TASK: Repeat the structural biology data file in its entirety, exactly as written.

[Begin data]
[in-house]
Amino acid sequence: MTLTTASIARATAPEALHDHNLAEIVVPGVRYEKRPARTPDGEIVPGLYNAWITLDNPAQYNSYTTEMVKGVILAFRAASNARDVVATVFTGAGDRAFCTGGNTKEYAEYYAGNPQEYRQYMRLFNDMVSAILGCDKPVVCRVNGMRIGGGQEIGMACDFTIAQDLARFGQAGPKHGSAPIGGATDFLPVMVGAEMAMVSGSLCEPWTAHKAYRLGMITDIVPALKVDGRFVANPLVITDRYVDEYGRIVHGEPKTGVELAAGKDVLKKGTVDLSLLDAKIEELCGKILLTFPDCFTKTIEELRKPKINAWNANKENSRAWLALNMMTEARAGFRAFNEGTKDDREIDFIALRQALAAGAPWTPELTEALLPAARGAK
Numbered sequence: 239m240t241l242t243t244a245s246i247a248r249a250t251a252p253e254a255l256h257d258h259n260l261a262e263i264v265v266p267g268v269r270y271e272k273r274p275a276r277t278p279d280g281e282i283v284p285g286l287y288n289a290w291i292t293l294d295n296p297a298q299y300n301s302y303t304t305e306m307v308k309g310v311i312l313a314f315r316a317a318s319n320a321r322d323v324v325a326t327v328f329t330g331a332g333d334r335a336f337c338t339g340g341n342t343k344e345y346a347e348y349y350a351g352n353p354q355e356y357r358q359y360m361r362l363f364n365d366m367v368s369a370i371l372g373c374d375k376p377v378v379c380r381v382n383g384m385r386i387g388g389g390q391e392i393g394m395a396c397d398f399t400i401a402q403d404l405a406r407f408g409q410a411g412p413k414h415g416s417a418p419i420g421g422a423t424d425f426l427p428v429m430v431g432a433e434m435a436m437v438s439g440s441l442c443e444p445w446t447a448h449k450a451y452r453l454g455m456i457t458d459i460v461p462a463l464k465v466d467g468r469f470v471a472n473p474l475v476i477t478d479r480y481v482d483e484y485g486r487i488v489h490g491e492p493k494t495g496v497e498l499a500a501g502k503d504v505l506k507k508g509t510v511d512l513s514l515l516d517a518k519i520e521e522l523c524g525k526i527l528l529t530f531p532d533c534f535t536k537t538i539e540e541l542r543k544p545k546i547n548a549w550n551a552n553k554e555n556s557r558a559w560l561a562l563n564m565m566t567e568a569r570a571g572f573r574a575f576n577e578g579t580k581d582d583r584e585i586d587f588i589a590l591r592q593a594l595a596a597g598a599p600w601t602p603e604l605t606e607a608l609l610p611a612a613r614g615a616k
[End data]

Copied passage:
[in-house]
Amino acid sequence: MTLTTASIARATAPEALHDHNLAEIVVPGVRYEKRPARTPDGEIVPGLYNAWITLDNPAQYNSYTTEMVKGVILAFRAASNARDVVATVFTGAGDRAFCTGGNTKEYAEYYAGNPQEYRQYMRLFNDMVSAILGCDKPVVCRVNGMRIGGGQEIGMACDFTIAQDLARFGQAGPKHGSAPIGGATDFLPVMVGAEMAMVSGSLCEPWTAHKAYRLGMITDIVPALKVDGRFVANPLVITDRYVDEYGRIVHGEPKTGVELAAGKDVLKKGTVDLSLLDAKIEELCGKILLTFPDCFTKTIEELRKPKINAWNANKENSRAWLALNMMTEARAGFRAFNEGTKDDREIDFIALRQALAAGAPWTPELTEALLPAARGAK
Numbered sequence: 239m240t241l242t243t244a245s246i247a248r249a250t251a252p253e254a255l256h257d258h259n260l261a262e263i264v265v266p267g268v269r270y271e272k273r274p275a276r277t278p279d280g281e282i283v284p285g286l287y288n289a290w291i292t293l294d295n296p297a298q299y300n301s302y303t304t305e306m307v308k309g310v311i312l313a314f315r316a317a318s319n320a321r322d323v324v325a326t327v328f329t330g331a332g333d334r335a336f337c338t339g340g341n342t343k344e345y346a347e348y349y350a351g352n353p354q355e356y357r358q359y360m361r362l363f364n365d366m367v368s369a370i371l372g373c374d375k376p377v378v379c380r381v382n383g384m385r386i387g388g389g390q391e392i393g394m395a396c397d398f399t400i401a402q403d404l405a406r407f408g409q410a411g412p413k414h415g416s417a418p419i420g421g422a423t424d425f426l427p428v429m430v431g432a433e434m435a436m437v438s439g440s441l442c443e444p445w446t447a448h449k450a451y452r453l454g455m456i457t458d459i460v461p462a463l464k465v466d467g468r469f470v471a472n473p474l475v476i477t478d479r480y481v482d483e484y485g486r487i488v489h490g491e492p493k494t495g496v497e498l499a500a501g502k503d504v505l506k507k508g509t510v511d512l513s514l515l516d517a518k519i520e521e522l523c524g525k526i527l528l529t530f531p532d533c534f535t536k537t538i539e540e541l542r543k544p545k546i547n548a549w550n551a552n553k554e555n556s557r558a559w560l561a562l563n564m565m566t567e568a569r570a571g572f573r574a575f576n577e578g579t580k581d582d583r584e585i586d587f588i589a590l591r592q593a594l595a596a597g598a599p600w601t602p603e604l605t606e607a608l609l610p611a612a613r614g615a616k